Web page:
All facets of managing people must be re-thought with a broader mix of workers. All jobs no longer must be performed in exactly the same way, at the same time, or even in the same location. Managers cannot allow themselves to be constrained by the past, but instead they must approach management to from an entirely new perspective — with an entirely new workforce, according to small business opportunity data site Launchscore.
The old adage suggested all employees should be treated exactly the same way. The new adage suggests all employees should be treated fairly — meeting their individual needs. To achieve this, managers must be more flexible.
A key component of managing employees is providing appropriate rewards. Recognizing the uniqueness of each employee is of the utmost importance in rewarding employees The days of “one size fits all” rewards are gone. What pushes the buttons of one employee will not work for another. It requires flexibility to view each employee as the individual he or she is. The challenge for each manager, then, is to tailor individual rewards for each employee.
The better the match between the reward and the employee, the more effective it will be in motivating the employee.
James Kouzes and Barry Posner, the authors of Encouraging the Heart, send the message that what has traditionally been referred to as the “soft stuff” of managing is actually the “hard stuff.” And this soft stuff is what makes a difference and motivates employees to higher levels of performance.
Kouzes and Posner provide 150 ways for managers to encourage the heart. They caution, however, that “imagination is the only limit” when devising new ways to encourage the heart. The flexible, agile manager will be more comfortable (and successful) in achieving this.
Flexibility is needed to actually implement many of the suggestions Kouzes and Posner make for recognizing others. All managers must put their own spin on the suggestions. Bottom line, it requires that managers respond to a changing workforce and develop new ways of managing that reflect the challenges of this new environment.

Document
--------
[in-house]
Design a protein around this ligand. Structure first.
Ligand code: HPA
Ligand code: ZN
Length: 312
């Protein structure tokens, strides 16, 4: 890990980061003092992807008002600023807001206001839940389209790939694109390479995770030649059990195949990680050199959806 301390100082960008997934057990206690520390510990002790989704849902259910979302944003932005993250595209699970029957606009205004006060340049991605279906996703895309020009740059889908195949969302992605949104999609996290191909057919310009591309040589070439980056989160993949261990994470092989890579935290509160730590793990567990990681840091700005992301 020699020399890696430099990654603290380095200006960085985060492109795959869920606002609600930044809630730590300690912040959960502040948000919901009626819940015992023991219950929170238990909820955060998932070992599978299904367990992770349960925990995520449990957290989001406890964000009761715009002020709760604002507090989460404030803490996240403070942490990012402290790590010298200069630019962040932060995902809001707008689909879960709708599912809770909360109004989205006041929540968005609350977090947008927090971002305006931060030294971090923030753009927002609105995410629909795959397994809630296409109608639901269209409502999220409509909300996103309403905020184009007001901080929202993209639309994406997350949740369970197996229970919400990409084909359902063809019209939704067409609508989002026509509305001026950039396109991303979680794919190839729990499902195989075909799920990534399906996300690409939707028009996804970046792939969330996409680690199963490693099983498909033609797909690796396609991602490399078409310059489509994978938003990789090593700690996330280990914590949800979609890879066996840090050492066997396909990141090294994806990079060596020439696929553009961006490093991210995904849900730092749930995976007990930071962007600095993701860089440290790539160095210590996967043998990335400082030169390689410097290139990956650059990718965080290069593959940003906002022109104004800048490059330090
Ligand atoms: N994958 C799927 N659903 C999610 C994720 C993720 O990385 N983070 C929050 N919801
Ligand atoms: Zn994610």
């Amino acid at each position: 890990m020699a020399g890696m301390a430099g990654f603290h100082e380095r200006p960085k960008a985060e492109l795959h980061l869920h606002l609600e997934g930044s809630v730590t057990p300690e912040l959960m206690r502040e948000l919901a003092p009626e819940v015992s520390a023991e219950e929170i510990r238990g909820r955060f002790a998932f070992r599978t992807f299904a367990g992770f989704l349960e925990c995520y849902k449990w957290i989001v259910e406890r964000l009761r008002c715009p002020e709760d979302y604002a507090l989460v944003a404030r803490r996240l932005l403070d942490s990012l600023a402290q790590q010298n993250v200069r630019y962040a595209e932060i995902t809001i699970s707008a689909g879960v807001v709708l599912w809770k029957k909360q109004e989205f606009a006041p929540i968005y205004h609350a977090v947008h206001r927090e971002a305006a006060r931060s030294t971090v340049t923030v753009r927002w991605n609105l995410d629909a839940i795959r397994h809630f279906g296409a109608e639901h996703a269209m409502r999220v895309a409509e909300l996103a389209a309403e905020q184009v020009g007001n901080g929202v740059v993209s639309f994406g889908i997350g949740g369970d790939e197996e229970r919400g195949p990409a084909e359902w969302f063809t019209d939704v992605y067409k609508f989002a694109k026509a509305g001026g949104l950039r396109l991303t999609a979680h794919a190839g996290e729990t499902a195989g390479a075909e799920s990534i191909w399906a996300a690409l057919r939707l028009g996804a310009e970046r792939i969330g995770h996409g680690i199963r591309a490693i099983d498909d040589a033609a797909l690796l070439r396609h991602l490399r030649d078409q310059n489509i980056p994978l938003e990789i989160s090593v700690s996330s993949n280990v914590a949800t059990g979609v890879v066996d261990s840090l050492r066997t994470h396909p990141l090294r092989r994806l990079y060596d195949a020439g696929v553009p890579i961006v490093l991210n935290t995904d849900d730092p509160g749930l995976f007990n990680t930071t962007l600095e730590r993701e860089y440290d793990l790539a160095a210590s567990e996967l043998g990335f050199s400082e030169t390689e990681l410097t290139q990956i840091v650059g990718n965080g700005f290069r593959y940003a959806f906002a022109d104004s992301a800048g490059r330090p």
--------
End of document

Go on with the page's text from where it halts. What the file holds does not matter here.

Planning helps managers to face the challenges posed by a constantly changing world. Uncertainties are better managed with a systematic approach to planning which then can lead to higher organizational performance levels. This planning helps to more effectively position the company for the future.
Planning is now more long-term than ever before. Many organizations today routinely plan more than ten or twenty years into the future. Planning is no longer a rigid five-year process producing a plan that sits in a drawer. Strategic planning has been totally revised and revamped. There are fewer annual off-site planning meetings to be attended by only members of the top management team. They no longer develop the fifth year’s plan and lob off the last year’s to keep a rolling five-year plan.
Now this strategic planning process produces a living document that requires constant revisions and updates. “Flexible planning” may seem to be an oxymoron to some, but is in actuality today’s mandate. Planning is now a dynamic process. It requires back doors and contingency plans. Flexibility is built into the plan with incrementalism. These small steps enable the organization to make the necessary adjustments as the need arises.
Strategy itself has become more flexible. The key is to monitor the external environment then respond by making the appropriate changes to take advantage of opportunities identified in the scanning and monitoring of the external environment. This planning requires scanning the environment. It means not just watching the industry and immediate competition. Most major changes come from outside the industry.
The entire approach to planning today requires more flexibility and an open mind. It often requires letting go of the traditional approach to doing business and embracing a new concept or way of doing things.